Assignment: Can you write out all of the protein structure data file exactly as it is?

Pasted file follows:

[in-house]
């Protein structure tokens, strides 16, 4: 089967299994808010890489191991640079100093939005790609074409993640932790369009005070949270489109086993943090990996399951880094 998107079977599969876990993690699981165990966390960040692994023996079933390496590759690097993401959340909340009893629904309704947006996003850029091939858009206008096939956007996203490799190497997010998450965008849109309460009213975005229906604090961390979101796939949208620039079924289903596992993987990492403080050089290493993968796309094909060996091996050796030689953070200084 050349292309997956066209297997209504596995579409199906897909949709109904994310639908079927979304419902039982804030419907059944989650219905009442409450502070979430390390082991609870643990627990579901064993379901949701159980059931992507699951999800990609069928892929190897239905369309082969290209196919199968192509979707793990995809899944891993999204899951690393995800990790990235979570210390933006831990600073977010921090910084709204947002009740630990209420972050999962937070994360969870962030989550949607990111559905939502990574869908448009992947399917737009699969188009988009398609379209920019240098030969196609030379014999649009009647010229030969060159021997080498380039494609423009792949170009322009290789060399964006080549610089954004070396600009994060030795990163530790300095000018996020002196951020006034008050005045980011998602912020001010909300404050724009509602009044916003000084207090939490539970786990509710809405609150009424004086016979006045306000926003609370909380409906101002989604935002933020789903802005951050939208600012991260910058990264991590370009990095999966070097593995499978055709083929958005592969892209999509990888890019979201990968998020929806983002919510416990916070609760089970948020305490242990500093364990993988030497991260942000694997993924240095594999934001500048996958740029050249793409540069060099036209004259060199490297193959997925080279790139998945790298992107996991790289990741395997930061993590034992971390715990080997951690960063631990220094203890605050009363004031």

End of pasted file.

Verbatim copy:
[in-house]
């Protein structure tokens, strides 16, 4: 089967299994808010890489191991640079100093939005790609074409993640932790369009005070949270489109086993943090990996399951880094 998107079977599969876990993690699981165990966390960040692994023996079933390496590759690097993401959340909340009893629904309704947006996003850029091939858009206008096939956007996203490799190497997010998450965008849109309460009213975005229906604090961390979101796939949208620039079924289903596992993987990492403080050089290493993968796309094909060996091996050796030689953070200084 050349292309997956066209297997209504596995579409199906897909949709109904994310639908079927979304419902039982804030419907059944989650219905009442409450502070979430390390082991609870643990627990579901064993379901949701159980059931992507699951999800990609069928892929190897239905369309082969290209196919199968192509979707793990995809899944891993999204899951690393995800990790990235979570210390933006831990600073977010921090910084709204947002009740630990209420972050999962937070994360969870962030989550949607990111559905939502990574869908448009992947399917737009699969188009988009398609379209920019240098030969196609030379014999649009009647010229030969060159021997080498380039494609423009792949170009322009290789060399964006080549610089954004070396600009994060030795990163530790300095000018996020002196951020006034008050005045980011998602912020001010909300404050724009509602009044916003000084207090939490539970786990509710809405609150009424004086016979006045306000926003609370909380409906101002989604935002933020789903802005951050939208600012991260910058990264991590370009990095999966070097593995499978055709083929958005592969892209999509990888890019979201990968998020929806983002919510416990916070609760089970948020305490242990500093364990993988030497991260942000694997993924240095594999934001500048996958740029050249793409540069060099036209004259060199490297193959997925080279790139998945790298992107996991790289990741395997930061993590034992971390715990080997951690960063631990220094203890605050009363004031």